Derrick Locke was able to surpass 100 yards rushing once again, but he often got caught moving laterally against the ultra-fast Florida defense. Cobb was completely neutralized in the running game, though he did catch 7 balls and threw for a TD on that fake FG.
(Can a kindly reader please tell me why the holder isn’t down on a fake kick? He has the ball and his knee is down, I can see an exception for a kick, but what is the rule that allows him to get up and make another football play? Couldn’t he just stay there on a knee feigning he is down until someone opens up when everyone lets up? Could he lie down on the ground entirely?)
The Cats will continue carrying the fire on down the road this weekend in Oxford Mississippi. Their opponent is 2-2, lost to an FCS team and has been Vanderbilt’s only win this season. Kentucky doesn’t need this one, a road win in the SEC is hardly something they count on in Lexington, but c’mon- they need this one.
U of L also has a road “should” win this weekend at Arkansas State. Coming off a fine performance at then ranked Oregon State (predicted in these blog pages btw); the Cards have their sites set on a road win this time. It is Arkansas State’s homecoming, a fact that appears to have mildly rankled the Cards.
The two biggest developments for U of L since they last played are Doug Beaumont’s injury and some more weak performances by big East favorites. Beaumon’t injury is costly; he is the team’s best receiver and kick returner. At a time when the offense was starting to show some promise, someone else will need to step up.
Meanwhile, the Big East has to look winnable to all eight programs. Pre-season favorite (not in this blog however) Pittsburgh was smacked around at home by the ‘Canes, defending champ Cincinnati took their third loss of the young season and every team in the conference has lost at least once. The Cards meanwhile look improved defensively through three games and the offense rolled up over 400 yards and 4 TDs (close to two others as well) against Oregon State. So they may be coming around as well. So why not them?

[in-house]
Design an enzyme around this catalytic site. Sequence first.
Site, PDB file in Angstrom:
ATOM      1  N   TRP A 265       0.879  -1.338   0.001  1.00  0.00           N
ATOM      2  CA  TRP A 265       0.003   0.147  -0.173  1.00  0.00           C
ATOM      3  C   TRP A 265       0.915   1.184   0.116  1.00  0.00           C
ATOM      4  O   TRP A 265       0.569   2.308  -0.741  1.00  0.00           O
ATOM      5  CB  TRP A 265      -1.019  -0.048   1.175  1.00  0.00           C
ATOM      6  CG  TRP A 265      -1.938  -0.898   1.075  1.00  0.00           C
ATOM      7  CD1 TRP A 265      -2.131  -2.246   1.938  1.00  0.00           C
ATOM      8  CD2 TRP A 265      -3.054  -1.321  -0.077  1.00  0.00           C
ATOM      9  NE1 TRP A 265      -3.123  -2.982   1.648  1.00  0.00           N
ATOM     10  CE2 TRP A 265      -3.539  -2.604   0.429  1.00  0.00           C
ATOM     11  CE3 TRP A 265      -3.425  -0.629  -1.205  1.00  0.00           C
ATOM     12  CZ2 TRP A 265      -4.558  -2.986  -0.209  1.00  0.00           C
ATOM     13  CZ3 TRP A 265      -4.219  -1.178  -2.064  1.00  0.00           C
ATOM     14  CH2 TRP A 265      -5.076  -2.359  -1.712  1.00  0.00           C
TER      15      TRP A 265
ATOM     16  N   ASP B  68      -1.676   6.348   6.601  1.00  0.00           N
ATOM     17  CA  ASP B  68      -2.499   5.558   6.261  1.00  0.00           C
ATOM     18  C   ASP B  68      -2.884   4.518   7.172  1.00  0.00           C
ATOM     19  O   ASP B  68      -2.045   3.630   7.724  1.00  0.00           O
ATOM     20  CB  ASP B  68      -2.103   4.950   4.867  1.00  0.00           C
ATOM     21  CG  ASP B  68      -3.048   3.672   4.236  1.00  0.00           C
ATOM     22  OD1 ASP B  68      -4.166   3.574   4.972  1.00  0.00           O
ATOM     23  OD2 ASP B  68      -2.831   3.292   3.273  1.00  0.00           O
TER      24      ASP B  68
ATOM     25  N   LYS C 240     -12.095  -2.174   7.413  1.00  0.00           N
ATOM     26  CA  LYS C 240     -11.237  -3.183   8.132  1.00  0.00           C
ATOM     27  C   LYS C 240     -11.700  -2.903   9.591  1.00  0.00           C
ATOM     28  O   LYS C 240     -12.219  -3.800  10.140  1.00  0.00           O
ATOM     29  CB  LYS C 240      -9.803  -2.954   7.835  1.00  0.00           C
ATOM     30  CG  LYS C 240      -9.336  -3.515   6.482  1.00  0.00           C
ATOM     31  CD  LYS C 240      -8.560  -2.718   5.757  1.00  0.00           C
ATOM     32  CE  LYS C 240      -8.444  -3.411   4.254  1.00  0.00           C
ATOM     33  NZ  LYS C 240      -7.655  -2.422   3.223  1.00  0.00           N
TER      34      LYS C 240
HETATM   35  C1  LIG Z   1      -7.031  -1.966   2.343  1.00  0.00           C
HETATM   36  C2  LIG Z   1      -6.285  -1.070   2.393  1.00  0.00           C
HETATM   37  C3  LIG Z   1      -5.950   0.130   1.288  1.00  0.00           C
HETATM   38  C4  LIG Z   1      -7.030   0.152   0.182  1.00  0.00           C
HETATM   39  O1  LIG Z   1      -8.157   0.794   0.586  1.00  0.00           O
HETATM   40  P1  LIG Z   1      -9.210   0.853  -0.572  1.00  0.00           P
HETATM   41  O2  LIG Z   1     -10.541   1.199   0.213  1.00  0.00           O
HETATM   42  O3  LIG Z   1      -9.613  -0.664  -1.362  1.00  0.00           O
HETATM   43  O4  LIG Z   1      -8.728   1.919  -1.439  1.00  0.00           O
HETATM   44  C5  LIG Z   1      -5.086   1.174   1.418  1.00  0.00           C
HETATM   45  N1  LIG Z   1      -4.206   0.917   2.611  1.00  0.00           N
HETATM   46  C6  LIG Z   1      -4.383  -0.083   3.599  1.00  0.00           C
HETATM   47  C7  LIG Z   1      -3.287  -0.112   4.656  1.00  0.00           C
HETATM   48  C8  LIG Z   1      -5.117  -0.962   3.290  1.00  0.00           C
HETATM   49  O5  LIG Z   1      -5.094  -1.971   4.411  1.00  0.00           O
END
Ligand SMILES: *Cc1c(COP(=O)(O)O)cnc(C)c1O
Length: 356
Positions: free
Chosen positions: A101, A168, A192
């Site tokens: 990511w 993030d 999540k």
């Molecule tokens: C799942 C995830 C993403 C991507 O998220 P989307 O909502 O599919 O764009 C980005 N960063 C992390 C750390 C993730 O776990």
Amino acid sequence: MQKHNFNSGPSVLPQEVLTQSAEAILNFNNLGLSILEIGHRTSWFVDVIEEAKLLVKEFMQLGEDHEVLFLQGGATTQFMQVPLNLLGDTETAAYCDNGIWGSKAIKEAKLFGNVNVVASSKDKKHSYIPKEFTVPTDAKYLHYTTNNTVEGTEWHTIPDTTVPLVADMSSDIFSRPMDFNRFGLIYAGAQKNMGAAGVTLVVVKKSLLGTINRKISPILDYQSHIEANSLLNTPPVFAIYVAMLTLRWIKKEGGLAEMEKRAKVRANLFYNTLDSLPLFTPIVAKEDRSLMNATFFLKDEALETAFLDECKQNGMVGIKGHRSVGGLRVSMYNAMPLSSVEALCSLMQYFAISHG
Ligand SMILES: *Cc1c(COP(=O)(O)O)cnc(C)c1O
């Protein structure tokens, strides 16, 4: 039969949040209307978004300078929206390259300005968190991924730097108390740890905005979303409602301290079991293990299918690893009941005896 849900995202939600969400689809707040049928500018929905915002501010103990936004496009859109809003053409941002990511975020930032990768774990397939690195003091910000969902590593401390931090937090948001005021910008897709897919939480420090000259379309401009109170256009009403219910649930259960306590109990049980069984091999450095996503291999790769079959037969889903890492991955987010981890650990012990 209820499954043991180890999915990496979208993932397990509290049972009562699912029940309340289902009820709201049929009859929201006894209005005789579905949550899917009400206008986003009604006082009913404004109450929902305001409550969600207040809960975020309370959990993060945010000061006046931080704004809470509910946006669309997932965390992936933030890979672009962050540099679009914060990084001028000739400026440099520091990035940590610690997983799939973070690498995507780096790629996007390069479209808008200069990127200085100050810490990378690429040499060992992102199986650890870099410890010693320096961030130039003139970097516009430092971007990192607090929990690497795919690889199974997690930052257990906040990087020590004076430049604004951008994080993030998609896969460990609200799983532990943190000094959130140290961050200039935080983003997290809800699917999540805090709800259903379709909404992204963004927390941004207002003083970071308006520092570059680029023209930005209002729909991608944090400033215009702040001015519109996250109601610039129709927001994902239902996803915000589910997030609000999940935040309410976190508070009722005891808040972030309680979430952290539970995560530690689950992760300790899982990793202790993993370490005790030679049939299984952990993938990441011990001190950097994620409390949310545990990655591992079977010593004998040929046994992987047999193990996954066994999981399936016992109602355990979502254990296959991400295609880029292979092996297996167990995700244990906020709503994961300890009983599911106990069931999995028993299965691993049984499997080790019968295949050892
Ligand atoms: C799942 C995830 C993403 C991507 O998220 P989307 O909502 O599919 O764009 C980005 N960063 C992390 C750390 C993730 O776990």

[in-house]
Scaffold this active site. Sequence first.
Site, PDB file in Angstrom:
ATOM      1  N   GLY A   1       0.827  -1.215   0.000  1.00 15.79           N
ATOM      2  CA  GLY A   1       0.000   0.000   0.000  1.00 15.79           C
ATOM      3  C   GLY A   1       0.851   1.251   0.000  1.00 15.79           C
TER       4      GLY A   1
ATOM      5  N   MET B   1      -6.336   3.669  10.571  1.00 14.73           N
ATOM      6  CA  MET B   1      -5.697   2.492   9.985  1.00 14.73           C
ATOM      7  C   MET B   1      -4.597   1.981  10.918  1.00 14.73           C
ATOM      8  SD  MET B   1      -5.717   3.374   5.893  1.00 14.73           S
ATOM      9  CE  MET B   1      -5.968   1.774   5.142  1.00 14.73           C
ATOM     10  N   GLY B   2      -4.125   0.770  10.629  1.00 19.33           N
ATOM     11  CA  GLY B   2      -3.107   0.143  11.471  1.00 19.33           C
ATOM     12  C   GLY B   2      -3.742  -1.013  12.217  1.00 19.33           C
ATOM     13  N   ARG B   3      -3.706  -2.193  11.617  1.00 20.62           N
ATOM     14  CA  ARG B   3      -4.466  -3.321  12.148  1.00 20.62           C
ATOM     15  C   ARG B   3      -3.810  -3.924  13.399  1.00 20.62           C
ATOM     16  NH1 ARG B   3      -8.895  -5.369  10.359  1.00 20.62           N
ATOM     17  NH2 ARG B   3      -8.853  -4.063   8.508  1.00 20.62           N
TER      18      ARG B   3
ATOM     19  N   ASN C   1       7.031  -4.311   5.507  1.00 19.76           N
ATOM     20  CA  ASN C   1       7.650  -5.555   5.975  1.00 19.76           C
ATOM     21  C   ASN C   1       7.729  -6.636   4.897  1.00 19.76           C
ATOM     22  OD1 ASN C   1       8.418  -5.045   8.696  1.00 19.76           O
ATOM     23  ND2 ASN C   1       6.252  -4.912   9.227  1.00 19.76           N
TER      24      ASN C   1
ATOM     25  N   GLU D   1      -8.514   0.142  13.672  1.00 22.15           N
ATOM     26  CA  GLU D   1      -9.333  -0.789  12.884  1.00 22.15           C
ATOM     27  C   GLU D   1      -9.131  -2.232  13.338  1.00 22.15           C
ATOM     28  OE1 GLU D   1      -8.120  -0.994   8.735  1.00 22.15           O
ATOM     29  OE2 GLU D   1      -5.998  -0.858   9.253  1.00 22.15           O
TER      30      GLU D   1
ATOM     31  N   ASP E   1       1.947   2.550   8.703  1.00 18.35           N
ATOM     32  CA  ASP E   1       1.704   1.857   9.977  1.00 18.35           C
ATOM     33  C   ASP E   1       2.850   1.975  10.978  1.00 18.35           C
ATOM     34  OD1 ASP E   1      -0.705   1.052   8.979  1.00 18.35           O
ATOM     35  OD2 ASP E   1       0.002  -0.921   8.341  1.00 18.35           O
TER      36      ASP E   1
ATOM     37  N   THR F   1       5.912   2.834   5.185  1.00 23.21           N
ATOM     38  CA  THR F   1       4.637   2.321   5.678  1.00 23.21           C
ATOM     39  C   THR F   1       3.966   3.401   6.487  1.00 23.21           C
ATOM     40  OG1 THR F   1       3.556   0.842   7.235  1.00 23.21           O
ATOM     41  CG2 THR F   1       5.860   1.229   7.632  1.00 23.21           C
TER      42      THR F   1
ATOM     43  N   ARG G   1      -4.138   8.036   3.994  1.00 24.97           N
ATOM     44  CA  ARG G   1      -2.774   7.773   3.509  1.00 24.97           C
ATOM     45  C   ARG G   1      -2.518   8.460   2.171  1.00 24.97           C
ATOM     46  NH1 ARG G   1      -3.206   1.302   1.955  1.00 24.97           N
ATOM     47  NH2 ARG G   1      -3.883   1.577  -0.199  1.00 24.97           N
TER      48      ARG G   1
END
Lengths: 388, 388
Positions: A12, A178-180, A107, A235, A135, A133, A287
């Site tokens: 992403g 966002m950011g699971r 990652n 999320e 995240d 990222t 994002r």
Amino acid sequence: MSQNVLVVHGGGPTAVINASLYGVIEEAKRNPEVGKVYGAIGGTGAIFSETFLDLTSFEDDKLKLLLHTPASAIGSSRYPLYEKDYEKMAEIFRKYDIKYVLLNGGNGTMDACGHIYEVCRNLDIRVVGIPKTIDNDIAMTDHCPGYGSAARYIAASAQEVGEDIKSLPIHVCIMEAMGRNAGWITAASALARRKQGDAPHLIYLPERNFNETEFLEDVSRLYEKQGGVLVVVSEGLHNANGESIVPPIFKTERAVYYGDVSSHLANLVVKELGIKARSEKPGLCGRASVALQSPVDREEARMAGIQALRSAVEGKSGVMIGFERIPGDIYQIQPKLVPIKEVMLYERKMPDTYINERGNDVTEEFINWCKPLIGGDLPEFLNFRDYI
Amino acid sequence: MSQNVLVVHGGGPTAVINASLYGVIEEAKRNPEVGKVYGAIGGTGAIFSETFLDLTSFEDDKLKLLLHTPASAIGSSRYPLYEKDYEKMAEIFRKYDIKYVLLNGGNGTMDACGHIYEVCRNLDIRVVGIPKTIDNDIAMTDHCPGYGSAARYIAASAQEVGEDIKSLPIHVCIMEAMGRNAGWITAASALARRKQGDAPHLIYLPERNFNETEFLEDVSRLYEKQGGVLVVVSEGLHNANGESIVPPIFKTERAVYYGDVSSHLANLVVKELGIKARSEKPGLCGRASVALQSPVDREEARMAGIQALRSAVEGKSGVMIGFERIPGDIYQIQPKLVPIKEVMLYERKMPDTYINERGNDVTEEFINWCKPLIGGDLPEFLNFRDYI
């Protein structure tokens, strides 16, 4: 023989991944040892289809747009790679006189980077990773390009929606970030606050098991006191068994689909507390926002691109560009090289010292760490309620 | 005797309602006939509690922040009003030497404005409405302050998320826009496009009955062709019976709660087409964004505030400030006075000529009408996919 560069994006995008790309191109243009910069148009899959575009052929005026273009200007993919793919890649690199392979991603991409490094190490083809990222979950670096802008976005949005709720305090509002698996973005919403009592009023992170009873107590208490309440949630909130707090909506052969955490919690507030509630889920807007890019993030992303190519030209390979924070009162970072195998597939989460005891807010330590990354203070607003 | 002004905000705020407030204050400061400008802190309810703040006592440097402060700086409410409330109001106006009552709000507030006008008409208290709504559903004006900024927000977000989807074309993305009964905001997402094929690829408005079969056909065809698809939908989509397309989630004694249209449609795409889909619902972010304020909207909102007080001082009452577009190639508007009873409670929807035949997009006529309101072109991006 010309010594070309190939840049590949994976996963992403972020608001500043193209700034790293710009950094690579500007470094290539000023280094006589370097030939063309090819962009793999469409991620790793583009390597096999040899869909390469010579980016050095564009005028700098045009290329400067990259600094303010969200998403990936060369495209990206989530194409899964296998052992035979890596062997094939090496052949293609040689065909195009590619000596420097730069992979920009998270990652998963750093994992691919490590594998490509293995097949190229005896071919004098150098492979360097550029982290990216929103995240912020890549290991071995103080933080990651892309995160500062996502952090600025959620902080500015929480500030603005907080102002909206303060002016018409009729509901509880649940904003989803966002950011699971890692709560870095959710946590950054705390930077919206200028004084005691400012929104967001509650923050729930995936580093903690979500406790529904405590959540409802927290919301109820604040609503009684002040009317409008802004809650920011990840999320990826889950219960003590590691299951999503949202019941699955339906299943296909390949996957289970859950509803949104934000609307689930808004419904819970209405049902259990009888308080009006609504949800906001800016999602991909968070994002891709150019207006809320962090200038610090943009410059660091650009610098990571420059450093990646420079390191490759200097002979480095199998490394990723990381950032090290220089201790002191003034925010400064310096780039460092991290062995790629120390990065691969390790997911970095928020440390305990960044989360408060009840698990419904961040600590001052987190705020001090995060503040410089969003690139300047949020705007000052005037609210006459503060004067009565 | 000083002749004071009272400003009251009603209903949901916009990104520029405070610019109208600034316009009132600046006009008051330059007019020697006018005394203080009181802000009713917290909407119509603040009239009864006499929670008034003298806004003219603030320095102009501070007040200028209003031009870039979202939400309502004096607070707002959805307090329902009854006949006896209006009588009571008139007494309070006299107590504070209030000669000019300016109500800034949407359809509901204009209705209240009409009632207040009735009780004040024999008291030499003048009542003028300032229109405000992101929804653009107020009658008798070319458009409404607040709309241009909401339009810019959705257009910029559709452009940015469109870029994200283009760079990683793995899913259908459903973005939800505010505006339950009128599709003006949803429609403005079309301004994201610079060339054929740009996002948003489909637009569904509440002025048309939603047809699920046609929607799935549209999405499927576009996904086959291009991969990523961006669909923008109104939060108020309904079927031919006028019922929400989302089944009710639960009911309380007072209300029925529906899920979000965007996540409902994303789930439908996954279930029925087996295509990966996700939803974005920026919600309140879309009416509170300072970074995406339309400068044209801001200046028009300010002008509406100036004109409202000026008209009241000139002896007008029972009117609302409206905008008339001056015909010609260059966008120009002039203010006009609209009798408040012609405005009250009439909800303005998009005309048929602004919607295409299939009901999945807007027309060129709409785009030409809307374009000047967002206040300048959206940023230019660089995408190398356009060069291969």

Indiana has completed the Hostess (not an actual sponsor) section of their schedule and started 3-0 for the 15th time in school history. They will attempt to go to 4-0 for the first time since 1990 this week, at home. One problem, that game is against the ranked Michigan Wolverines and Michigan says Heisman hopeful QB Denard Robinson is uninjured and ready for action this week against the Hoosiers. And if the Hoosiers defeat Michigan? Only #2 Ohio State and 110,000 screaming Bucknuts await following that. Ouch, the Big 10 schedule makers did the Hoosiers no favors.
Last week the Hoosiers easily dusted the Akron Zips at home as QB Ben Chappell continued his hot start throwing for 342 yards and four TDs. Indiana has some nice pieces and I am interested in their development on down the road, the defense has to be a bit of a concern though allowing almost 20 points a game against a group of unimpressive opponents.
 Road to the National Championship
Continuing the “road” theme, let’s take a look at the September national title picture through the words of the ultimate American road band, The Grateful Dead. (Clicks on Casey Jones MP3 on ole computer.)
#1.  Alabama. The defending champ is still the team to beat in my opinion.
“Driving that train”: Mark Ingrahm.  Pre-season I would have said he was a product of a great team, and any runner would be capable of huge numbers. While Trent Richardson’s numbers in the first two games may have suggested some validity to that argument, there is no doubt who leads this team. Ingram’s vision, patience and strength are as good as I’ve seen. He has excellent speed and hands to go with it, and Alabama has one heck of a talent to drive that train. Having the #1 scoring defense in the country doesn’t hurt either.
“Trouble ahead”: 4 of Alabama’s 8 remaining opponents are ranked starting with this weekend’s home game with Florida. While I think 'Bama is the better team in all of its remaining match-ups, that November 6th game in Baton Rouge could be a real tough one.
“Trouble behind”: Arkansas had them dead to rights and let em off the hook. In this game, some of the luster was taken off of Greg McElroy and that lack of a big time passing QB could haunt them in some future match-up.  
 #2 Ohio State Buckeyes. This Buckeye team is doing what many demanded of past Buckeye squads, that is squashing inferior opponents as they have covered the Vegas point spread in all four outings this far.